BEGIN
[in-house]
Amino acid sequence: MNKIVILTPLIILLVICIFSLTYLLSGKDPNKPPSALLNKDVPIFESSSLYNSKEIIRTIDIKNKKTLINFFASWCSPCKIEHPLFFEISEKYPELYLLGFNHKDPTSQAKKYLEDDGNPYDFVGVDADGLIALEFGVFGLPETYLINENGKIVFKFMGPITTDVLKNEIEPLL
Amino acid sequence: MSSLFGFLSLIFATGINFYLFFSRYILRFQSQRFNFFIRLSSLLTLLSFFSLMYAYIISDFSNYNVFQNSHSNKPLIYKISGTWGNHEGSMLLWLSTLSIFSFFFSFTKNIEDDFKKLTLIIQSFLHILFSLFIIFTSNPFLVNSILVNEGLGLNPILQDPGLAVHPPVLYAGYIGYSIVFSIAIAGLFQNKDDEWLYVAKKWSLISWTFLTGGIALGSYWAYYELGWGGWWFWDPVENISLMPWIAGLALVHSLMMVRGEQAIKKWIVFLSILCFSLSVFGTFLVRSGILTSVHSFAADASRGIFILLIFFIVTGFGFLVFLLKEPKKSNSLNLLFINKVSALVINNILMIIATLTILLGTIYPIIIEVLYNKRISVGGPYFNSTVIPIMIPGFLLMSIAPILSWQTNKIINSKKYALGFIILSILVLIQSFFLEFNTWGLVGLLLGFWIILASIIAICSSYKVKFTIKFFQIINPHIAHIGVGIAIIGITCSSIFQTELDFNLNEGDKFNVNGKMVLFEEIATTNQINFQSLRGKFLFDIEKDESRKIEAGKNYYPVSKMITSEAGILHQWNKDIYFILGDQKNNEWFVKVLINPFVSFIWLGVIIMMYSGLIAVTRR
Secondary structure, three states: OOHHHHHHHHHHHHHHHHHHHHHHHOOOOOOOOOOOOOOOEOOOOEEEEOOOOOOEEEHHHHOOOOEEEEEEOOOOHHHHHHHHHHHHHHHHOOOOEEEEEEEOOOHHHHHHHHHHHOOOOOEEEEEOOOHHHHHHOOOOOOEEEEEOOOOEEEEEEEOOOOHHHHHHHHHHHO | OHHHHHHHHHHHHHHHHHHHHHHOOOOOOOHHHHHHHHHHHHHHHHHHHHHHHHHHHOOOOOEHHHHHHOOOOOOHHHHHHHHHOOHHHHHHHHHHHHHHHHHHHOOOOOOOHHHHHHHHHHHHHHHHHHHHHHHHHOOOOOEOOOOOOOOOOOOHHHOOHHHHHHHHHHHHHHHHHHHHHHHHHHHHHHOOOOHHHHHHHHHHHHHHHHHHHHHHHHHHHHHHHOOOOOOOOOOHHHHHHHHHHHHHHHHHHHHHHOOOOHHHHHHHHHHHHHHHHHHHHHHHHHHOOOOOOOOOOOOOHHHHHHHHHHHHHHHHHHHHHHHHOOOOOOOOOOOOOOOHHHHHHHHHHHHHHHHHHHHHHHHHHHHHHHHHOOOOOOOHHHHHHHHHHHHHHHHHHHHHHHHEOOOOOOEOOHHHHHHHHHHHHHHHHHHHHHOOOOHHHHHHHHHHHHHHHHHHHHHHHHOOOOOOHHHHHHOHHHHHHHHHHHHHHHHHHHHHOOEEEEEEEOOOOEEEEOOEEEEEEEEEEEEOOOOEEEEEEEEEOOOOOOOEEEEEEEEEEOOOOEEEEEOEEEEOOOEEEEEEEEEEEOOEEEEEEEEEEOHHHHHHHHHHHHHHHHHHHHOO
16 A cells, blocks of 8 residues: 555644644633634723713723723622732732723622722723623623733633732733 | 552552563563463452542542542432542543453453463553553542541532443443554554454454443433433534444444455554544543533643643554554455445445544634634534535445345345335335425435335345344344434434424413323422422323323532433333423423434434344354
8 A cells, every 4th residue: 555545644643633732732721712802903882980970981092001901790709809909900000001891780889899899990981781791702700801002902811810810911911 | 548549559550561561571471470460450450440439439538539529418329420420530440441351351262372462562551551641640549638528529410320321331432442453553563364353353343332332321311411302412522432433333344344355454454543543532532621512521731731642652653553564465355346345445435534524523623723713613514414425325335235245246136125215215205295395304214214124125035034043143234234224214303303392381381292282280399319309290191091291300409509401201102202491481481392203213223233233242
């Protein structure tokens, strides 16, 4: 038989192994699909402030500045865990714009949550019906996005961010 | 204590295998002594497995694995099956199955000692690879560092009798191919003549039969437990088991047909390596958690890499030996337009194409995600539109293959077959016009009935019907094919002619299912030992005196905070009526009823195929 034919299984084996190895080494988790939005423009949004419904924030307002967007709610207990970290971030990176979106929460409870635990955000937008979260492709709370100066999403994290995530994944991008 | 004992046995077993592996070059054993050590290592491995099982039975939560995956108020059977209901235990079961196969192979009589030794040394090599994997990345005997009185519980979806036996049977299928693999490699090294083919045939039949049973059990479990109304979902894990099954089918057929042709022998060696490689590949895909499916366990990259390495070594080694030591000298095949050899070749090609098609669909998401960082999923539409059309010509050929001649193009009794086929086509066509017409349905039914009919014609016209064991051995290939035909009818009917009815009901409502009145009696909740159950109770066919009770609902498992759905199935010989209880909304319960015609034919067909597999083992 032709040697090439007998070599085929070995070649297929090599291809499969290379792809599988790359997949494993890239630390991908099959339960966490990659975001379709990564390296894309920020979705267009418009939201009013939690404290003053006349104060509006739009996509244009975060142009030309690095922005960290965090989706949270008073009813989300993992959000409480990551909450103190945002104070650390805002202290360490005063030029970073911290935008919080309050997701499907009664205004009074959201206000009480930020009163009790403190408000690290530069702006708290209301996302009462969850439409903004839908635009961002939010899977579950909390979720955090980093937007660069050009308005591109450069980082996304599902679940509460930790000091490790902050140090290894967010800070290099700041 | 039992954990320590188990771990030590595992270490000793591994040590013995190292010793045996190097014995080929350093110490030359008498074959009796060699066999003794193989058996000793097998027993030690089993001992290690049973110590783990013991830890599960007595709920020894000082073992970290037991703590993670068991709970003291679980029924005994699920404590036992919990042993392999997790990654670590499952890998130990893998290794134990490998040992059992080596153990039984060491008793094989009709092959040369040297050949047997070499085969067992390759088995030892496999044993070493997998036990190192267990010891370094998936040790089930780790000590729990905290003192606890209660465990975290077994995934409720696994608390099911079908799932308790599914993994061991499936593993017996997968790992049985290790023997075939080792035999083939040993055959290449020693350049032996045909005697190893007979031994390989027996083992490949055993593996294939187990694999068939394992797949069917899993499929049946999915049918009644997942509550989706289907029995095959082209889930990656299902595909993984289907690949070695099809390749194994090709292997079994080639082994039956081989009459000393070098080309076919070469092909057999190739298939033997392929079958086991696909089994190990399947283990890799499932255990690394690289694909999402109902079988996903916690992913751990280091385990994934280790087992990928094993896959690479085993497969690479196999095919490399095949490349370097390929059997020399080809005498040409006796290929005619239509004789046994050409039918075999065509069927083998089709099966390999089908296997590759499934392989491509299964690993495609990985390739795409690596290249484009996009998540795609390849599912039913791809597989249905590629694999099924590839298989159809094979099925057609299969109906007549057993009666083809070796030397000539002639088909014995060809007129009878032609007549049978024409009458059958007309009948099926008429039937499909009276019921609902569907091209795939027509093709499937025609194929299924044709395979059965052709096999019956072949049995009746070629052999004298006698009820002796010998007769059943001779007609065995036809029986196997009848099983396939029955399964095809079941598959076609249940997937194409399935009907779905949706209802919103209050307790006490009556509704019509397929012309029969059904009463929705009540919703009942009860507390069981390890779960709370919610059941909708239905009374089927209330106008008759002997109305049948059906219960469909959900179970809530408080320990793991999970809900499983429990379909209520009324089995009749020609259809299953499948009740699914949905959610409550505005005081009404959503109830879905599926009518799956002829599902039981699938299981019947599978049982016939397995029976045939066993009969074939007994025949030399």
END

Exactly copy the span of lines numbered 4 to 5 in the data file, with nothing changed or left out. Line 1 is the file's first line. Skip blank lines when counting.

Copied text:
Secondary structure, three states: OOHHHHHHHHHHHHHHHHHHHHHHHOOOOOOOOOOOOOOOEOOOOEEEEOOOOOOEEEHHHHOOOOEEEEEEOOOOHHHHHHHHHHHHHHHHOOOOEEEEEEEOOOHHHHHHHHHHHOOOOOEEEEEOOOHHHHHHOOOOOOEEEEEOOOOEEEEEEEOOOOHHHHHHHHHHHO | OHHHHHHHHHHHHHHHHHHHHHHOOOOOOOHHHHHHHHHHHHHHHHHHHHHHHHHHHOOOOOEHHHHHHOOOOOOHHHHHHHHHOOHHHHHHHHHHHHHHHHHHHOOOOOOOHHHHHHHHHHHHHHHHHHHHHHHHHOOOOOEOOOOOOOOOOOOHHHOOHHHHHHHHHHHHHHHHHHHHHHHHHHHHHHOOOOHHHHHHHHHHHHHHHHHHHHHHHHHHHHHHHOOOOOOOOOOHHHHHHHHHHHHHHHHHHHHHHOOOOHHHHHHHHHHHHHHHHHHHHHHHHHHOOOOOOOOOOOOOHHHHHHHHHHHHHHHHHHHHHHHHOOOOOOOOOOOOOOOHHHHHHHHHHHHHHHHHHHHHHHHHHHHHHHHHOOOOOOOHHHHHHHHHHHHHHHHHHHHHHHHEOOOOOOEOOHHHHHHHHHHHHHHHHHHHHHOOOOHHHHHHHHHHHHHHHHHHHHHHHHOOOOOOHHHHHHOHHHHHHHHHHHHHHHHHHHHHOOEEEEEEEOOOOEEEEOOEEEEEEEEEEEEOOOOEEEEEEEEEOOOOOOOEEEEEEEEEEOOOOEEEEEOEEEEOOOEEEEEEEEEEEOOEEEEEEEEEEOHHHHHHHHHHHHHHHHHHHHOO
16 A cells, blocks of 8 residues: 555644644633634723713723723622732732723622722723623623733633732733 | 552552563563463452542542542432542543453453463553553542541532443443554554454454443433433534444444455554544543533643643554554455445445544634634534535445345345335335425435335345344344434434424413323422422323323532433333423423434434344354